For most people, pets are as much a part of the family as any human member, and when accidents or illness strike your furry friends, you could find yourself shelling out quite a bit of cash to help them get back on their feet. Just like you have insurance for the rest of your family, it could be worth investing in pet insurance to avoid landing yourself in debt with the veterinarian.
While it may sound a bit out-there to some, pet insurance is becoming more and more common in the U.S., with the North American Pet Health Insurance Association estimating around 4.41 million pets were insured at the end of 2021 – up 27.7% from 2020.
There are three standard varieties of pet insurance policies: accident and illness plans, accident-only plans and routine wellness plans, with combination accident and illness plans being the most common. The combined plans usually cover injury and sickness (broken bones, cancer, etc.), while accident-only plans – as you can guess from the name – only cover accident-related issues. Wellness plans can usually be included as an add-on to these policies.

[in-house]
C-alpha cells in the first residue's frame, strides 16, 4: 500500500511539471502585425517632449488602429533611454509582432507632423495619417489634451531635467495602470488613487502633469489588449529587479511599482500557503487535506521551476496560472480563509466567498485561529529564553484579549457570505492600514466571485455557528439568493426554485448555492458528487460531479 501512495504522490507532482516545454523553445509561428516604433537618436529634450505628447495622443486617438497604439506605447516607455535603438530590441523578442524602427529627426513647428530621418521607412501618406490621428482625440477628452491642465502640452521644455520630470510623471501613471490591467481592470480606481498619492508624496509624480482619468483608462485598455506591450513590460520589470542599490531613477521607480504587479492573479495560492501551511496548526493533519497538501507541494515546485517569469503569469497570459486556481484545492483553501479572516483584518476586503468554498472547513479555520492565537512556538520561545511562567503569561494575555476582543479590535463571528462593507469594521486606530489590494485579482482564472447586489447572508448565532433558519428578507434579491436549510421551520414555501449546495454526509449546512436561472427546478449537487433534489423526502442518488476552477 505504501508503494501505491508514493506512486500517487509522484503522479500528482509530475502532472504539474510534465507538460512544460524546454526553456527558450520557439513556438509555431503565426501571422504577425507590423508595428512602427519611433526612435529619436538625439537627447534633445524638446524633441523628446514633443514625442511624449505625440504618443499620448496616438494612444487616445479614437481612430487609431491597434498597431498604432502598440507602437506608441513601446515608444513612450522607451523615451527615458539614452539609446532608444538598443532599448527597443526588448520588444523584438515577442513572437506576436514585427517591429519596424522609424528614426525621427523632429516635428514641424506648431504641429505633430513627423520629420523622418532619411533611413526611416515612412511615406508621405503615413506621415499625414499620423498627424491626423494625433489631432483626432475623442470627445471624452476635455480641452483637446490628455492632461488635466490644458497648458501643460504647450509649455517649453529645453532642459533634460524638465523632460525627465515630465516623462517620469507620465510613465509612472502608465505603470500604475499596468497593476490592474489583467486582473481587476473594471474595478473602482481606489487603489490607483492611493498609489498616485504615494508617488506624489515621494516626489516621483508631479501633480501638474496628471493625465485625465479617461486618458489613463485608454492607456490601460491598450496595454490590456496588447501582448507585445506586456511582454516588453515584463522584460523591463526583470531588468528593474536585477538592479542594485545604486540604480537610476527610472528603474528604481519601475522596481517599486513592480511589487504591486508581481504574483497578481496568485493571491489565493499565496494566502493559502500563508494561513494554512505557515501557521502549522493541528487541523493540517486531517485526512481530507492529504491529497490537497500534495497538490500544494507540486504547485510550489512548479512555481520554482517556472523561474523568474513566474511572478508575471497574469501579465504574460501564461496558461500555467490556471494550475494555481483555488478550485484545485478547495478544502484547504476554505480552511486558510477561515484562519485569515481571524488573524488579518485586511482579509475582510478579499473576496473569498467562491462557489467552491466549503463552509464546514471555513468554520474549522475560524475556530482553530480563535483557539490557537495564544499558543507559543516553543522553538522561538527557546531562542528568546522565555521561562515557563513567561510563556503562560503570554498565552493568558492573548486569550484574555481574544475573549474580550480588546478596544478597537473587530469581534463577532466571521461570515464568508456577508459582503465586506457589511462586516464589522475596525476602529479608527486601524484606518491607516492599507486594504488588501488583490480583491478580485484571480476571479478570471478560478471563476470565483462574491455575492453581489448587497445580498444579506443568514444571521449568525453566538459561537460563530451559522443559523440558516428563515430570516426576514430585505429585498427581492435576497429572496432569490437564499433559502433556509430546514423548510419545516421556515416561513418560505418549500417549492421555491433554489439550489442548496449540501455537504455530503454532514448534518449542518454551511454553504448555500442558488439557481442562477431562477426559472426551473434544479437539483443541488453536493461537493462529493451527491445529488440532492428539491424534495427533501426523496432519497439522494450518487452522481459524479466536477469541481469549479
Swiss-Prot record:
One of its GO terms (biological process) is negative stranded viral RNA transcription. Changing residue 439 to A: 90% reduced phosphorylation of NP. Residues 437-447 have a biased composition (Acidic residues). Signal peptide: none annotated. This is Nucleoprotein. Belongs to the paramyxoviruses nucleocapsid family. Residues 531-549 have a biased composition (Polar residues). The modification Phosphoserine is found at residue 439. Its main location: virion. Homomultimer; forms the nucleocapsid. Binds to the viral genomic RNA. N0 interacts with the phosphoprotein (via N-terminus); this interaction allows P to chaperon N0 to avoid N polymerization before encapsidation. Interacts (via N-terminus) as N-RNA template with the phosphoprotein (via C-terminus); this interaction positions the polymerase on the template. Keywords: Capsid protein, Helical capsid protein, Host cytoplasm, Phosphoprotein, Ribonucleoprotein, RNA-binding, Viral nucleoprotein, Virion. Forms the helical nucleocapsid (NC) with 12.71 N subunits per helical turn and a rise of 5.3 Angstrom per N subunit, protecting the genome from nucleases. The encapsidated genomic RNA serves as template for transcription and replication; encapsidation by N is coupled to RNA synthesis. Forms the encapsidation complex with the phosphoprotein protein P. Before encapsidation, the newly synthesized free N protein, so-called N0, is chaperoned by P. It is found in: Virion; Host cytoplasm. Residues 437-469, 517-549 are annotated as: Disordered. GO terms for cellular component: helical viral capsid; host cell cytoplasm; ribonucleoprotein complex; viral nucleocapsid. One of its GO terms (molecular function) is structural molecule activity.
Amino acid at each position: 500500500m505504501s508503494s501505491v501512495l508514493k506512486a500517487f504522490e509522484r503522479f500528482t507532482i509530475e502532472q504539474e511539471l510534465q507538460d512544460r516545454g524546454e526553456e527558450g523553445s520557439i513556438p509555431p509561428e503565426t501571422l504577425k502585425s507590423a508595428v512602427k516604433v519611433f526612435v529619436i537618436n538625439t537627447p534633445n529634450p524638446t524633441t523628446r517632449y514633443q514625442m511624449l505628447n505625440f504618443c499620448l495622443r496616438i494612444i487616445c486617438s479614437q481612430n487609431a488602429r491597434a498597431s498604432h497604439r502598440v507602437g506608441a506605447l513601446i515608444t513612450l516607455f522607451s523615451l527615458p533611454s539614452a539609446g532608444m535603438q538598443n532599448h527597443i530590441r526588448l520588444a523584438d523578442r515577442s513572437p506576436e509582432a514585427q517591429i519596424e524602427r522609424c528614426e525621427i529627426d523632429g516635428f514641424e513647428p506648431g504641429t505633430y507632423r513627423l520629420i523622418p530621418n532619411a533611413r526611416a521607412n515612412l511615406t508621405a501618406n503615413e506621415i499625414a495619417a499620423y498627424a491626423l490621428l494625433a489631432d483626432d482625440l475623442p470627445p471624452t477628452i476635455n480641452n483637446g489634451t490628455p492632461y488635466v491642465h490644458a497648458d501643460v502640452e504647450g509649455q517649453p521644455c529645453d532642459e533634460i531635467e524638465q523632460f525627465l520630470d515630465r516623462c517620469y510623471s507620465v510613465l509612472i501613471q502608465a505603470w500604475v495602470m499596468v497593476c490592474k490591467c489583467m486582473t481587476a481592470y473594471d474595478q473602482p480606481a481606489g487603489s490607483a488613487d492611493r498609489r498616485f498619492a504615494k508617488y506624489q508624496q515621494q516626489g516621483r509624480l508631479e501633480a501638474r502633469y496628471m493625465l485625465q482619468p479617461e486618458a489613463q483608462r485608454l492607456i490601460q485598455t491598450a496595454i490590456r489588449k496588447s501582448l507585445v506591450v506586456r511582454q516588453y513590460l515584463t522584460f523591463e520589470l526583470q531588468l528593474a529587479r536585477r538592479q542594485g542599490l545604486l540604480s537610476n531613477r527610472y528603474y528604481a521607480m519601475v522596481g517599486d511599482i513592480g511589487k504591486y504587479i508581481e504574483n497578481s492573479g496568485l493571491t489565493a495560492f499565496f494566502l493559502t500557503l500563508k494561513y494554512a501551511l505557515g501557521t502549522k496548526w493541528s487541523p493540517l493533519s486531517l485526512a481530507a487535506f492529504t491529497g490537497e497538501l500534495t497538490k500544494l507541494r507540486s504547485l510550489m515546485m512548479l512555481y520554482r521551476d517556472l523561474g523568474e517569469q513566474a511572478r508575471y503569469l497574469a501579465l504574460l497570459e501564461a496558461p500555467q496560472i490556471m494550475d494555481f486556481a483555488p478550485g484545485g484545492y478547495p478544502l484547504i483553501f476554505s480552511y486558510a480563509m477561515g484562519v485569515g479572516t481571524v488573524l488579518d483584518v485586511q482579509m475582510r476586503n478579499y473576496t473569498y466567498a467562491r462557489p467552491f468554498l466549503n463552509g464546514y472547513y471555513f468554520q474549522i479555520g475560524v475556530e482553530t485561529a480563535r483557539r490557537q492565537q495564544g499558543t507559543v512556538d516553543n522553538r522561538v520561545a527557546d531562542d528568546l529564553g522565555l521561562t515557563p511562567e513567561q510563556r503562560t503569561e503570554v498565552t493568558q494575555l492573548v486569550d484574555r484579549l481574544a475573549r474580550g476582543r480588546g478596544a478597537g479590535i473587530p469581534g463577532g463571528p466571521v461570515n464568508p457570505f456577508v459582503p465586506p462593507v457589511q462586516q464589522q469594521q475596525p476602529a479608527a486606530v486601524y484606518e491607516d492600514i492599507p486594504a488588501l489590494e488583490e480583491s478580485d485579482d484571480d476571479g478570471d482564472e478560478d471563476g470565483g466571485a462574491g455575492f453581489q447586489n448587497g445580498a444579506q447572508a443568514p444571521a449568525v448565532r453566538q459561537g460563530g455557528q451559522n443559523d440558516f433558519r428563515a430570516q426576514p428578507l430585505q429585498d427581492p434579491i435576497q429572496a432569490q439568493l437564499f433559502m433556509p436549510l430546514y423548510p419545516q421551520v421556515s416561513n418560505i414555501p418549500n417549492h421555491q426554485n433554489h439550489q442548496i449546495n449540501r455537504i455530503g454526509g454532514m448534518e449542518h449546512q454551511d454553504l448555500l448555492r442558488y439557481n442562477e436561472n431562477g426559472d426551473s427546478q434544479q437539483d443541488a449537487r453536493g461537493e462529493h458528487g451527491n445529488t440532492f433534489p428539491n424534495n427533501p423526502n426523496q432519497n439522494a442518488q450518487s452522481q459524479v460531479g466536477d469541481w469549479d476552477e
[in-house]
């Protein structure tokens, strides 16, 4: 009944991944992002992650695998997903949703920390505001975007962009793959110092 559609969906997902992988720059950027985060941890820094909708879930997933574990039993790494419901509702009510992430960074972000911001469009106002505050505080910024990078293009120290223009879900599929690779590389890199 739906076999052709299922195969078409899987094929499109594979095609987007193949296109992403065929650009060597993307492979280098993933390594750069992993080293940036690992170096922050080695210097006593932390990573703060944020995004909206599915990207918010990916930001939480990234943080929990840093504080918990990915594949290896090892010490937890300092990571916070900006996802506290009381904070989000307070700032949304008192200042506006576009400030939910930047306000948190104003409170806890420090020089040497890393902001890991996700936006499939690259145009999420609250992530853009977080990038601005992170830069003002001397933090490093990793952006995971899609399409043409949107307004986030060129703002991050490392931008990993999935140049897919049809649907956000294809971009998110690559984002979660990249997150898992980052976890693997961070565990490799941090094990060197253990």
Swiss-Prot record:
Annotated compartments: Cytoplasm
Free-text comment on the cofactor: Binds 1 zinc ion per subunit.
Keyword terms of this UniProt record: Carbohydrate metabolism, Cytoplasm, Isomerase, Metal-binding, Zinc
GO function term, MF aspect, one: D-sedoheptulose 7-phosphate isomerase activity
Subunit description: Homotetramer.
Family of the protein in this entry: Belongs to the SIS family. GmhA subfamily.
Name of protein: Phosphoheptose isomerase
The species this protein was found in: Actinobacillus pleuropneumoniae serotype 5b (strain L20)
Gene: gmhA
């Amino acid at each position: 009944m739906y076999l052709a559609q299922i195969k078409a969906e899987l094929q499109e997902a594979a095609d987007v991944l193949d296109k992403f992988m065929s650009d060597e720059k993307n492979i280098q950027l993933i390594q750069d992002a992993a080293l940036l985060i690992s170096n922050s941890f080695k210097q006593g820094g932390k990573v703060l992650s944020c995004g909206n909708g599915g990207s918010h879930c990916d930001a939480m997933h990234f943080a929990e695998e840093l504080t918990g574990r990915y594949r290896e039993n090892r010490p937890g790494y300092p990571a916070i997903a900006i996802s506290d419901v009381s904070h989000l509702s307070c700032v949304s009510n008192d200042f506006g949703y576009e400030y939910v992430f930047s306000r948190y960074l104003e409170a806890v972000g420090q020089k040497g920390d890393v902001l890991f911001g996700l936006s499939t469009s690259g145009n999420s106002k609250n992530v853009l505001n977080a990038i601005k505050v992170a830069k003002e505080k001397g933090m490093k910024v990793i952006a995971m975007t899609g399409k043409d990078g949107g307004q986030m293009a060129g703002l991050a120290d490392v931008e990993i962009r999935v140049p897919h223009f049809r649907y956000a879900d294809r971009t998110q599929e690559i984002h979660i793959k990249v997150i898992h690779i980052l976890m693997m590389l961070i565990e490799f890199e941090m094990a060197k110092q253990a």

Like any other line of insurance, pet policies often include exclusions from coverage. According to Forbes Advisor, some of the most common exclusions include:
- Pre-existing conditions
- Preventative or elective procedures
- Exam fees
- Breeding costs
- Expenses not related to veterinary care (i.e. taxes or administrative fees charged by the veterinarian)
- Food and vitamins
Much like human health plans, when shopping for pet insurance you’ll be able to select your plan’s annual maximum coverage, deductible and reimbursement percentage. It’s also important to consider many pet insurers have required waiting periods for coverage, which vary – usually between 2-14 days – carrier-to-carrier.
Source: 10 Best Pet Insurers for 2022